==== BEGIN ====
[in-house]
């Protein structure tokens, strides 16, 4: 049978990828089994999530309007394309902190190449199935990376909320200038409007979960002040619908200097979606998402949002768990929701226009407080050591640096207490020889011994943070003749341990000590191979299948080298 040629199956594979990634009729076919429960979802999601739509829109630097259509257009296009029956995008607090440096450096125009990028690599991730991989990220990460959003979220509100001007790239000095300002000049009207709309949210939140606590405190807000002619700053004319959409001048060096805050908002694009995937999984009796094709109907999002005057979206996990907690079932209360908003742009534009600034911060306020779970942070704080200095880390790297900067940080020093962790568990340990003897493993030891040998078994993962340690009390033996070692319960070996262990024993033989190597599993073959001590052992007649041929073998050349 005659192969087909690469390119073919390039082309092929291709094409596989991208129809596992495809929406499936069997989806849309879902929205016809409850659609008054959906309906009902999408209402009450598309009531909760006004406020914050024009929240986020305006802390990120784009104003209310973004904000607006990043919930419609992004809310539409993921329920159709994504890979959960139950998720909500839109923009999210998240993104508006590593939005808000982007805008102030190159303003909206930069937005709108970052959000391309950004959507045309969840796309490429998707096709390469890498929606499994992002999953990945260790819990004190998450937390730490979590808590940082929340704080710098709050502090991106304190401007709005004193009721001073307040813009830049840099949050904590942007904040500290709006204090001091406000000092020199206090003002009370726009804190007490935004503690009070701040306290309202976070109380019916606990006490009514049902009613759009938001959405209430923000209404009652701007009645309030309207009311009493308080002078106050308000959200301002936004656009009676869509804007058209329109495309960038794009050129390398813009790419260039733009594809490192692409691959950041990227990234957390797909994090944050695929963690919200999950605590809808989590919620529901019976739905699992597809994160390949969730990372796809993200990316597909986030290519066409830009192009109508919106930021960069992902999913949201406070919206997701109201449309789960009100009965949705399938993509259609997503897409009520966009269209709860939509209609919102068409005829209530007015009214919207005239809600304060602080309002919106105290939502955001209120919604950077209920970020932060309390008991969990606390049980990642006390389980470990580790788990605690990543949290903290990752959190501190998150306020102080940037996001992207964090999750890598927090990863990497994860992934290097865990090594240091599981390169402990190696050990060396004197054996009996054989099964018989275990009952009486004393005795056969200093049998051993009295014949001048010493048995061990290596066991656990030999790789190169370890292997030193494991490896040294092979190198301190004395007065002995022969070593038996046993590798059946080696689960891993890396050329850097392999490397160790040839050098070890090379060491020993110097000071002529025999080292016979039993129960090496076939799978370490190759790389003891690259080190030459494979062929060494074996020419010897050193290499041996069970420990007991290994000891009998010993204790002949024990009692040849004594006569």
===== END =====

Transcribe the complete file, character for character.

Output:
[in-house]
């Protein structure tokens, strides 16, 4: 049978990828089994999530309007394309902190190449199935990376909320200038409007979960002040619908200097979606998402949002768990929701226009407080050591640096207490020889011994943070003749341990000590191979299948080298 040629199956594979990634009729076919429960979802999601739509829109630097259509257009296009029956995008607090440096450096125009990028690599991730991989990220990460959003979220509100001007790239000095300002000049009207709309949210939140606590405190807000002619700053004319959409001048060096805050908002694009995937999984009796094709109907999002005057979206996990907690079932209360908003742009534009600034911060306020779970942070704080200095880390790297900067940080020093962790568990340990003897493993030891040998078994993962340690009390033996070692319960070996262990024993033989190597599993073959001590052992007649041929073998050349 005659192969087909690469390119073919390039082309092929291709094409596989991208129809596992495809929406499936069997989806849309879902929205016809409850659609008054959906309906009902999408209402009450598309009531909760006004406020914050024009929240986020305006802390990120784009104003209310973004904000607006990043919930419609992004809310539409993921329920159709994504890979959960139950998720909500839109923009999210998240993104508006590593939005808000982007805008102030190159303003909206930069937005709108970052959000391309950004959507045309969840796309490429998707096709390469890498929606499994992002999953990945260790819990004190998450937390730490979590808590940082929340704080710098709050502090991106304190401007709005004193009721001073307040813009830049840099949050904590942007904040500290709006204090001091406000000092020199206090003002009370726009804190007490935004503690009070701040306290309202976070109380019916606990006490009514049902009613759009938001959405209430923000209404009652701007009645309030309207009311009493308080002078106050308000959200301002936004656009009676869509804007058209329109495309960038794009050129390398813009790419260039733009594809490192692409691959950041990227990234957390797909994090944050695929963690919200999950605590809808989590919620529901019976739905699992597809994160390949969730990372796809993200990316597909986030290519066409830009192009109508919106930021960069992902999913949201406070919206997701109201449309789960009100009965949705399938993509259609997503897409009520966009269209709860939509209609919102068409005829209530007015009214919207005239809600304060602080309002919106105290939502955001209120919604950077209920970020932060309390008991969990606390049980990642006390389980470990580790788990605690990543949290903290990752959190501190998150306020102080940037996001992207964090999750890598927090990863990497994860992934290097865990090594240091599981390169402990190696050990060396004197054996009996054989099964018989275990009952009486004393005795056969200093049998051993009295014949001048010493048995061990290596066991656990030999790789190169370890292997030193494991490896040294092979190198301190004395007065002995022969070593038996046993590798059946080696689960891993890396050329850097392999490397160790040839050098070890090379060491020993110097000071002529025999080292016979039993129960090496076939799978370490190759790389003891690259080190030459494979062929060494074996020419010897050193290499041996069970420990007991290994000891009998010993204790002949024990009692040849004594006569």